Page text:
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June 11, 2010

Firms with public sector contracts must prepare for cuts

Small firms supplying the public sector should make contingency plans now in case they lose their contracts during the Government’s spending cuts, the Institute of Chartered Accountants in England and Wales (ICAEW) has warned.

The Government has already detailed £6.2 billion of spending reductions and is due to outline further cuts in the emergency Budget on 22 June.

The ICAEW’s head of enterprise, Clive Lewis, said that firms in the services sector and businesses that tend to rely on contract work – such as construction and IT firms – are most likely to be affected.

“These cuts are inevitable and businesses will have to accept them,” he said. “But there are actions firms can take to soften the blow and ensure they don’t go out of business – they must put as many contingency plans in place as possible.

“This could include looking at what new markets they could tackle if the public sector dries up,” added Lewis. “They need to know what private sector opportunities there are to explore, or even consider overseas markets.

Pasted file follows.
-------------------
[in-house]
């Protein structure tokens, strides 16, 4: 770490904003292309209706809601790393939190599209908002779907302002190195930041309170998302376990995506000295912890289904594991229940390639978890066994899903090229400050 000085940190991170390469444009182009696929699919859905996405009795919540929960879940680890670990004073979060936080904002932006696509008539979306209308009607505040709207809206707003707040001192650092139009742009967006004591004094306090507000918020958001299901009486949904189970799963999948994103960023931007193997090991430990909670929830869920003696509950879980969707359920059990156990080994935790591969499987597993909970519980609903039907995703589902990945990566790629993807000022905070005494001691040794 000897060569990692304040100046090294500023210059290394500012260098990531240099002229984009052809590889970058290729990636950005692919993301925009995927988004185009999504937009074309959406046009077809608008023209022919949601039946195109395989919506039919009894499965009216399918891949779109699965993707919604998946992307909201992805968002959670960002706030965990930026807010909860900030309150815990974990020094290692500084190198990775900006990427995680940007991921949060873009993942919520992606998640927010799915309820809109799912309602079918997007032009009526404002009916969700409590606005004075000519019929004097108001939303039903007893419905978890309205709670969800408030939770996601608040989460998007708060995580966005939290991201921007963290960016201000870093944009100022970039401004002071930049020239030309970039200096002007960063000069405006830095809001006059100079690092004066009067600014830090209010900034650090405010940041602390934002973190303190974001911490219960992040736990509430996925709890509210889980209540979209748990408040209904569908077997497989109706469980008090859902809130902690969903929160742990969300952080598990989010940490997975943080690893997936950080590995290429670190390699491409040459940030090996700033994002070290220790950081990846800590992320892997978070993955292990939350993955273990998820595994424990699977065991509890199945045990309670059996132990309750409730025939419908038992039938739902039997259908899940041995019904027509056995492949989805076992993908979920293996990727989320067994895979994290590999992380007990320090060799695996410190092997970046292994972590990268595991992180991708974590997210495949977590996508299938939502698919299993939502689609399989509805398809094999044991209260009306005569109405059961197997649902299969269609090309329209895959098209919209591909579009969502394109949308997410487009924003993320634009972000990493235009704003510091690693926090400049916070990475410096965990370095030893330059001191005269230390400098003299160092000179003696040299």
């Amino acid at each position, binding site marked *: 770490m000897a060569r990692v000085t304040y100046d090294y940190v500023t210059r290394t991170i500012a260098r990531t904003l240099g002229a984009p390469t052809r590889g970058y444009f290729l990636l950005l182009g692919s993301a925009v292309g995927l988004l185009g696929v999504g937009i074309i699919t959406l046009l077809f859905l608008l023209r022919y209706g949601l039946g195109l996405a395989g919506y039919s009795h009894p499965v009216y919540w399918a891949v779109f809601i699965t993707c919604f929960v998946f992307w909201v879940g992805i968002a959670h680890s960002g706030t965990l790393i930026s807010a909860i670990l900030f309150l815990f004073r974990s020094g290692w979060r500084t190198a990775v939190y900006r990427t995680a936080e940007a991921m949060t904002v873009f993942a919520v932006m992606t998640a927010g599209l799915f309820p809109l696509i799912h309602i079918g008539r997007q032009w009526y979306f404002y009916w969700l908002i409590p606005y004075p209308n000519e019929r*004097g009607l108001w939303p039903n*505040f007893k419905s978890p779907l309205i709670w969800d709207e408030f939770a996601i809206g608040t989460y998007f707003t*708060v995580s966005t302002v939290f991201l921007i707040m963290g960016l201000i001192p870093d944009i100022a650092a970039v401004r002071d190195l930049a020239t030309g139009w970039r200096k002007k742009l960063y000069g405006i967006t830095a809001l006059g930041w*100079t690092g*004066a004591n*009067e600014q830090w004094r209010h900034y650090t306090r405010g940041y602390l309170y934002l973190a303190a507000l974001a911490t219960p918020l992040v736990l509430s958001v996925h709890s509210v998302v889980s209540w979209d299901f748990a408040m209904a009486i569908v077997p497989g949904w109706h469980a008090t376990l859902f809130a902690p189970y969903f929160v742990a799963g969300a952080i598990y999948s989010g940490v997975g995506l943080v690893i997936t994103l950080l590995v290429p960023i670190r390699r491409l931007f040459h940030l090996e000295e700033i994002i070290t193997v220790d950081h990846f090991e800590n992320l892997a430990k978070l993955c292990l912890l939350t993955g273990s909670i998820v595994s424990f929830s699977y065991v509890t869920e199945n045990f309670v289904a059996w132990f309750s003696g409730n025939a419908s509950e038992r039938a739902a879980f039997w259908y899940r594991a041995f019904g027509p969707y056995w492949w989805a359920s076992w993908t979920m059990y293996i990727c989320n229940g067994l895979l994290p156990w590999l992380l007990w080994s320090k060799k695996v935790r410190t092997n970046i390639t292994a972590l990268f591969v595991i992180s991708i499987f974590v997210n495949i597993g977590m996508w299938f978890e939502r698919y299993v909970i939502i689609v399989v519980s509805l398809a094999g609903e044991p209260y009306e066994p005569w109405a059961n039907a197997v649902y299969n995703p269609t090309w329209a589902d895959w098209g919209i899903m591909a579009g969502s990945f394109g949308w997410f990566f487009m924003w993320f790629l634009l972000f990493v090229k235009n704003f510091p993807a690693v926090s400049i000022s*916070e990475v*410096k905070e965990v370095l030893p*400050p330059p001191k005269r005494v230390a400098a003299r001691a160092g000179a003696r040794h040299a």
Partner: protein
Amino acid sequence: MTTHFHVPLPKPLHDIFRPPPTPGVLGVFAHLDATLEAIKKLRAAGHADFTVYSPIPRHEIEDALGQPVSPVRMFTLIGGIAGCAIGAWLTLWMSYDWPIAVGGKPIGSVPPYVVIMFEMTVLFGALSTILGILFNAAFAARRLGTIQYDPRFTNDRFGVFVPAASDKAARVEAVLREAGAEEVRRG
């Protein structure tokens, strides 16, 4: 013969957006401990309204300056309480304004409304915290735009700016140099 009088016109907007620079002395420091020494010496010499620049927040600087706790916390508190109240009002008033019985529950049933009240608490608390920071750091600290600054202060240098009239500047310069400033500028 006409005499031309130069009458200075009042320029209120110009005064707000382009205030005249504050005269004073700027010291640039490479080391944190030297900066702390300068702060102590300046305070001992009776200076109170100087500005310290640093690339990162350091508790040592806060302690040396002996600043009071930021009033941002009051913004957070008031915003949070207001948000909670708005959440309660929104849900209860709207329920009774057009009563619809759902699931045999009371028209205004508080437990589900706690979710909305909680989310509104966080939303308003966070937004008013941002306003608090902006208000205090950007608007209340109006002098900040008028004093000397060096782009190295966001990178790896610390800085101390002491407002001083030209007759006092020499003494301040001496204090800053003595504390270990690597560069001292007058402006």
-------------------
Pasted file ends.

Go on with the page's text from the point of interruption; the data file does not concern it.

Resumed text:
“Firms that have particular contacts in Government departments should also try to get some feedback from them on their future prospects,” he said.

The ICAEW said businesses should also review their current situation by:

  • checking when the contract is due to end, and finding out what penalties they can charge if it finishes early
  • rethinking their business plan, and deciding whether to shift their focus from public to private sector contracts
  • deciding if they can afford to continue the work if the Government reduces the amount they pay for it.

Forum of Private Business spokesman, Phil McCabe, said that a significant number of small businesses rely at least partly on public sector work. “Most firms agree that the priority for the Government is to cut the deficit,” he said. “But some of these firms will be affected by the cuts – there is no doubt about that.

“The cuts should not affect small firms disproportionately,” added McCabe. “Although if the Government makes its tendering process accessible to small firms that will go some way to compensate for the cuts made.”

A spokesman for the Department for Business, Innovation and Skills said that the Government was unable to confirm which contracts would be cut or how many would be available in the future.

“However, the commitment set out in the coalition agreement to give small firms 25 per cent of Government contracts still stands,” he said. “We intend to publish Government tenders online.”